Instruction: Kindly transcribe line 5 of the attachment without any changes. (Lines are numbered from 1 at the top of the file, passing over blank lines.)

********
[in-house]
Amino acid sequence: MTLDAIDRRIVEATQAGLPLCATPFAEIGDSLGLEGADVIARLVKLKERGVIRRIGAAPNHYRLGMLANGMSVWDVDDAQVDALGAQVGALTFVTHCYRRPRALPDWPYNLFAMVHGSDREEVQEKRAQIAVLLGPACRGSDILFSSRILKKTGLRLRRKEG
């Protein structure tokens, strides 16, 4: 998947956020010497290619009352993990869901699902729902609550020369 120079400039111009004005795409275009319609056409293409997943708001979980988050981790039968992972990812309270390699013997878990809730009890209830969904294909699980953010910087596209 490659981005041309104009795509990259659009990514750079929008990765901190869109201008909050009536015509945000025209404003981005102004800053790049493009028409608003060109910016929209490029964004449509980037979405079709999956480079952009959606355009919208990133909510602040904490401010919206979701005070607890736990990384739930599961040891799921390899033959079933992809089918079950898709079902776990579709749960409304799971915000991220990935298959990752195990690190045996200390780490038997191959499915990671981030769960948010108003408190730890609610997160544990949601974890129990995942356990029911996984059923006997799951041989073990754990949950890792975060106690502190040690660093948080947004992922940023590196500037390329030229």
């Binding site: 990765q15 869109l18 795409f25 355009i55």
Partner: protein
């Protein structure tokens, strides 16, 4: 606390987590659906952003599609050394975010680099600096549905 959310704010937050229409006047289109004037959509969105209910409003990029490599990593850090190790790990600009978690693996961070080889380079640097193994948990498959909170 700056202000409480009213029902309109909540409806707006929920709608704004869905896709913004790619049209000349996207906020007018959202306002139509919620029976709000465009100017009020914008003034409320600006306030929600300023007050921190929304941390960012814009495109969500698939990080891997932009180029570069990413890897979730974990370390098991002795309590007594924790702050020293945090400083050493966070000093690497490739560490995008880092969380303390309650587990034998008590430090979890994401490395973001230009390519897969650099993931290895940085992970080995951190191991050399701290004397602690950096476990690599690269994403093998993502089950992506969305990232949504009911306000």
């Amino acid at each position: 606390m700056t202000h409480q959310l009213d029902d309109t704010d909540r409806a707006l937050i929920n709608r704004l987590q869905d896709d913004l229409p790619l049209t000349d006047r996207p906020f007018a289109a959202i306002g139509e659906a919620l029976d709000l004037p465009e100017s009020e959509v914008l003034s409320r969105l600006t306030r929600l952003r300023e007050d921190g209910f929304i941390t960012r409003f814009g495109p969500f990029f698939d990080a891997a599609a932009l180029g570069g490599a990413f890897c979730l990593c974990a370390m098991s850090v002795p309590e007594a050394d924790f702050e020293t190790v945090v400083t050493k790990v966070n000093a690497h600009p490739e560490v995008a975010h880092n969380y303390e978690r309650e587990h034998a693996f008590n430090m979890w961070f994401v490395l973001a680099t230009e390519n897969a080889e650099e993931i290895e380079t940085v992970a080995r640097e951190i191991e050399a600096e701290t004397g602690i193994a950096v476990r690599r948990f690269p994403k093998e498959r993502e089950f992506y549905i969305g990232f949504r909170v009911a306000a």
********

Partner: protein